I’m a sucker for a good royal story – something about how it feels like a modern fairytale really appeals to me. Naturally, this book really appealed to me, so when I finally sat down to read it, I was very excited to read it. Sadly, this book was a massive let down for me. It was very predictable, mildly misogynistic, and featured a major pushover of a female lead.
Between grad school and multiple jobs, Naledi Smith doesn’t have time for fairy tales…or patience for the constant e-mails claiming she’s betrothed to an African prince. Sure. Right. Delete! As a former foster kid, she’s learned that the only things she can depend on are herself and the scientific method, and a silly e-mail won’t convince her otherwise.
Prince Thabiso is the sole heir to the throne of Thesolo, shouldering the hopes of his parents and his people. At the top of their list? His marriage. Ever dutiful, he tracks down his missing betrothed. When Naledi mistakes the prince for a pauper, Thabiso can’t resist the chance to experience life—and love—without the burden of his crown.
The chemistry between them is instant and irresistible, and flirty friendship quickly evolves into passionate nights. But when the truth is revealed, can a princess in theory become a princess ever after?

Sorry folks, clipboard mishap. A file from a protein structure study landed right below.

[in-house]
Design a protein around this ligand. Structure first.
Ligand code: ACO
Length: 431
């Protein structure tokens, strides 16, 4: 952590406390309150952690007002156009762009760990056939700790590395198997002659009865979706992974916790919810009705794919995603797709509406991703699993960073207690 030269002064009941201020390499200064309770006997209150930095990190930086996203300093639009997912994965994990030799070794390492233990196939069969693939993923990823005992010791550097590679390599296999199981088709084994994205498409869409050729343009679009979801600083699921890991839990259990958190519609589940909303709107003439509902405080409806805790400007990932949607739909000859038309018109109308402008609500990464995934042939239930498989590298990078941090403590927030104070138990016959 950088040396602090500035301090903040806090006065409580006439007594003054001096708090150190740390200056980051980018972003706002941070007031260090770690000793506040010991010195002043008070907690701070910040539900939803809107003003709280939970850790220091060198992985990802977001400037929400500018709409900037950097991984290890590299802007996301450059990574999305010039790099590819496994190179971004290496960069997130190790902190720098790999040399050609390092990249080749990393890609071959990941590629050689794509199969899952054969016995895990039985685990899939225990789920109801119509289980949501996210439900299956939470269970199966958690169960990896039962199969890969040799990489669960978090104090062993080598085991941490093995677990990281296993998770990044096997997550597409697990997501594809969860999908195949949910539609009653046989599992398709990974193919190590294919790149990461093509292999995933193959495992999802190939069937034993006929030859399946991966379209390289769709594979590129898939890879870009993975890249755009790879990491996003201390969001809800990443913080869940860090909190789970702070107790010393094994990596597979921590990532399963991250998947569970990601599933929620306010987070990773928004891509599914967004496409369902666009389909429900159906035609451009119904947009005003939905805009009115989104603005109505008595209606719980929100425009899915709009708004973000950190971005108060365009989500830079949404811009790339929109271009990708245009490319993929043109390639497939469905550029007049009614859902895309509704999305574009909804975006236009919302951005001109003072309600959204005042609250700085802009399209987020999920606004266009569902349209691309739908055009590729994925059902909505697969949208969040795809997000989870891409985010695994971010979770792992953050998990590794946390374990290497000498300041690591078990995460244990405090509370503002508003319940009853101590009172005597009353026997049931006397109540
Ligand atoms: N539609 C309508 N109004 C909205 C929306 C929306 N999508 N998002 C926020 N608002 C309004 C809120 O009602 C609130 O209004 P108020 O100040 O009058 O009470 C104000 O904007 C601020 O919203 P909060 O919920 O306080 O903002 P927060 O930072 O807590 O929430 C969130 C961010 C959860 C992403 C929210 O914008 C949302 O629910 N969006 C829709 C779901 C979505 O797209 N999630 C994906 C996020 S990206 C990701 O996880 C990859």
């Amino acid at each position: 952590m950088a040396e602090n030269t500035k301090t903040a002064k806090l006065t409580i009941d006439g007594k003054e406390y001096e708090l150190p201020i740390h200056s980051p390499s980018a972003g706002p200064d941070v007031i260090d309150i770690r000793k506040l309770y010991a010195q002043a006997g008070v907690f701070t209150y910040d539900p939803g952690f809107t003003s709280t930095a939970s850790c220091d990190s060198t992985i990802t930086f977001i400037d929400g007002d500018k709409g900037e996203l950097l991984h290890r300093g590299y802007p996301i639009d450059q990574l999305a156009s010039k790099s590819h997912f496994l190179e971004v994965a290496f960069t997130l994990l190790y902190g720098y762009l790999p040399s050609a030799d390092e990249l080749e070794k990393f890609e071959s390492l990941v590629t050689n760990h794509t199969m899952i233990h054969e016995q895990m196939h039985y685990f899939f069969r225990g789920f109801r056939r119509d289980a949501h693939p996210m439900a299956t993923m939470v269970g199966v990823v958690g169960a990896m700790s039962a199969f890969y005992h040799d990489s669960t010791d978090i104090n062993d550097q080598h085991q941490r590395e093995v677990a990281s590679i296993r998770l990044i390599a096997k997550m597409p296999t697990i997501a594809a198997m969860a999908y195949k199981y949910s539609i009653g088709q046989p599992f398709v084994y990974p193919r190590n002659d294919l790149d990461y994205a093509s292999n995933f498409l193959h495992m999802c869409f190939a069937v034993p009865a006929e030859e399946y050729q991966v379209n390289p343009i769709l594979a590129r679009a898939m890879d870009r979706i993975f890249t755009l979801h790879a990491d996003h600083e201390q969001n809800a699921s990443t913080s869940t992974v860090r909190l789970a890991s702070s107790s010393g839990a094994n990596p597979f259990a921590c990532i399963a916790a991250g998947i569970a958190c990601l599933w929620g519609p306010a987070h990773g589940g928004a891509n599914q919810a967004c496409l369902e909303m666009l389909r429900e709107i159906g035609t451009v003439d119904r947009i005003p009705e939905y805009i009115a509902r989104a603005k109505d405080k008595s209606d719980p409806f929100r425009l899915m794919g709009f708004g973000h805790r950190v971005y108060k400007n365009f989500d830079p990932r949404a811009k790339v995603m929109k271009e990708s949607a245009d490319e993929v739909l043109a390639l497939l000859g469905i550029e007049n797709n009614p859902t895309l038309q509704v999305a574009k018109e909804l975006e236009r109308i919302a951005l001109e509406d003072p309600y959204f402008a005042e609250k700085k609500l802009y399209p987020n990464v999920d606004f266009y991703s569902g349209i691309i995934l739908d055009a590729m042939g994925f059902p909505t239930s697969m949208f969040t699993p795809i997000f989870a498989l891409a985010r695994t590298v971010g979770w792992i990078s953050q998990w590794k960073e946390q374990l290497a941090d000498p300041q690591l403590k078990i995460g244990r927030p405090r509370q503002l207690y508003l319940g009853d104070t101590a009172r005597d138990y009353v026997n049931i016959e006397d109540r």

Dear god, this was predictable. I went into it thinking that it would focus on a bad-ass, feminist career woman who happened to fall for a prince. That’s certainly what the author wants you to believe, but in reality the main character was a Mary-Sue who got bowled over by the men in her life and completely lacked a backbone. The male lead was pretty over the top misogynistic and manipulative. The fact that the female lead ever wanted to see him again after his deception blows my mind. I think that fact alone ruined the book for me.
This book lacked chemistry – which really made the overtly sexual nature of the book jarring. Thabiso and Naledi’s whole relationship was built on lies, and was very nonsensical – the author kept trying to force their relationship, but it never felt organic or earned. All of the milestones in their relationship felt like Naledi was manipulated into – it was super creepy and coercive. Even the side characters (especially Thabiso’s parents) were over the top verbally abusive or pushy with Naledi. I wish at some point she would have acknowledged how fucked up her situation was or just walked away from it. I feel like in this situation, I would have been happier without a ‘happy ending’.
I would highly recommend giving this book a pass. Between the poor characterization, the total lack of chemistry, and the misogynistic nonsense, this book had me pulling at my hair and struggling to finish (despite how short it is). If you’re looking for a cute romantic royal story, check out The Royal We or The Selection. 2/5